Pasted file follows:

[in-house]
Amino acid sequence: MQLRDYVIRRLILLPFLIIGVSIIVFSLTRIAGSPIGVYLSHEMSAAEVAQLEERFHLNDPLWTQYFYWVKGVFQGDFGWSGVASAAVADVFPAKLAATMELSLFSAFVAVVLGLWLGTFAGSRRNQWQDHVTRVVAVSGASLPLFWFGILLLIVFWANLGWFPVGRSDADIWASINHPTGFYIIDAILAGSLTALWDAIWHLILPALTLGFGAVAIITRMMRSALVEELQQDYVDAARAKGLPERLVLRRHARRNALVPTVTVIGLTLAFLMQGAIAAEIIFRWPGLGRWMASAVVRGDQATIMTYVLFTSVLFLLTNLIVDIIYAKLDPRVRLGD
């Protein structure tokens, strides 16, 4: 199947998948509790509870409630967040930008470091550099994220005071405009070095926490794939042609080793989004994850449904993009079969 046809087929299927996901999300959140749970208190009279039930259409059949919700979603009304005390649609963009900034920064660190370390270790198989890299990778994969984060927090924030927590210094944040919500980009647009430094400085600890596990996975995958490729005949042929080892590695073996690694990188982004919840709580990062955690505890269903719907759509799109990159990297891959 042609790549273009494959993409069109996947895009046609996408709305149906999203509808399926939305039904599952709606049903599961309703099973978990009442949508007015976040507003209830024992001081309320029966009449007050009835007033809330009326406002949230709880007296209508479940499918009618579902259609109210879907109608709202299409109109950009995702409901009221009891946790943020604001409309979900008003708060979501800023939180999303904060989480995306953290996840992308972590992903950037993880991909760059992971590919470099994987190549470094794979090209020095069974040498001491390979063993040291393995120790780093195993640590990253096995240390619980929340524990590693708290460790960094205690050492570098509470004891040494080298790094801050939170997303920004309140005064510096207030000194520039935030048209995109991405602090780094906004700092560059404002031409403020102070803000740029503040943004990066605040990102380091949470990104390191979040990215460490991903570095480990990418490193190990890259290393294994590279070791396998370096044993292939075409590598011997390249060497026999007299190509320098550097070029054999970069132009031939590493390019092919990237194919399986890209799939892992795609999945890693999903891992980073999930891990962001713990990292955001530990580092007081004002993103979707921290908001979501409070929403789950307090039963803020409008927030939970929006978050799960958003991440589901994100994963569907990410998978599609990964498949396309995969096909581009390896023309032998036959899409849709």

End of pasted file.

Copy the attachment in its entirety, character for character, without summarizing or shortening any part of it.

[in-house]
Amino acid sequence: MQLRDYVIRRLILLPFLIIGVSIIVFSLTRIAGSPIGVYLSHEMSAAEVAQLEERFHLNDPLWTQYFYWVKGVFQGDFGWSGVASAAVADVFPAKLAATMELSLFSAFVAVVLGLWLGTFAGSRRNQWQDHVTRVVAVSGASLPLFWFGILLLIVFWANLGWFPVGRSDADIWASINHPTGFYIIDAILAGSLTALWDAIWHLILPALTLGFGAVAIITRMMRSALVEELQQDYVDAARAKGLPERLVLRRHARRNALVPTVTVIGLTLAFLMQGAIAAEIIFRWPGLGRWMASAVVRGDQATIMTYVLFTSVLFLLTNLIVDIIYAKLDPRVRLGD
């Protein structure tokens, strides 16, 4: 199947998948509790509870409630967040930008470091550099994220005071405009070095926490794939042609080793989004994850449904993009079969 046809087929299927996901999300959140749970208190009279039930259409059949919700979603009304005390649609963009900034920064660190370390270790198989890299990778994969984060927090924030927590210094944040919500980009647009430094400085600890596990996975995958490729005949042929080892590695073996690694990188982004919840709580990062955690505890269903719907759509799109990159990297891959 042609790549273009494959993409069109996947895009046609996408709305149906999203509808399926939305039904599952709606049903599961309703099973978990009442949508007015976040507003209830024992001081309320029966009449007050009835007033809330009326406002949230709880007296209508479940499918009618579902259609109210879907109608709202299409109109950009995702409901009221009891946790943020604001409309979900008003708060979501800023939180999303904060989480995306953290996840992308972590992903950037993880991909760059992971590919470099994987190549470094794979090209020095069974040498001491390979063993040291393995120790780093195993640590990253096995240390619980929340524990590693708290460790960094205690050492570098509470004891040494080298790094801050939170997303920004309140005064510096207030000194520039935030048209995109991405602090780094906004700092560059404002031409403020102070803000740029503040943004990066605040990102380091949470990104390191979040990215460490991903570095480990990418490193190990890259290393294994590279070791396998370096044993292939075409590598011997390249060497026999007299190509320098550097070029054999970069132009031939590493390019092919990237194919399986890209799939892992795609999945890693999903891992980073999930891990962001713990990292955001530990580092007081004002993103979707921290908001979501409070929403789950307090039963803020409008927030939970929006978050799960958003991440589901994100994963569907990410998978599609990964498949396309995969096909581009390896023309032998036959899409849709």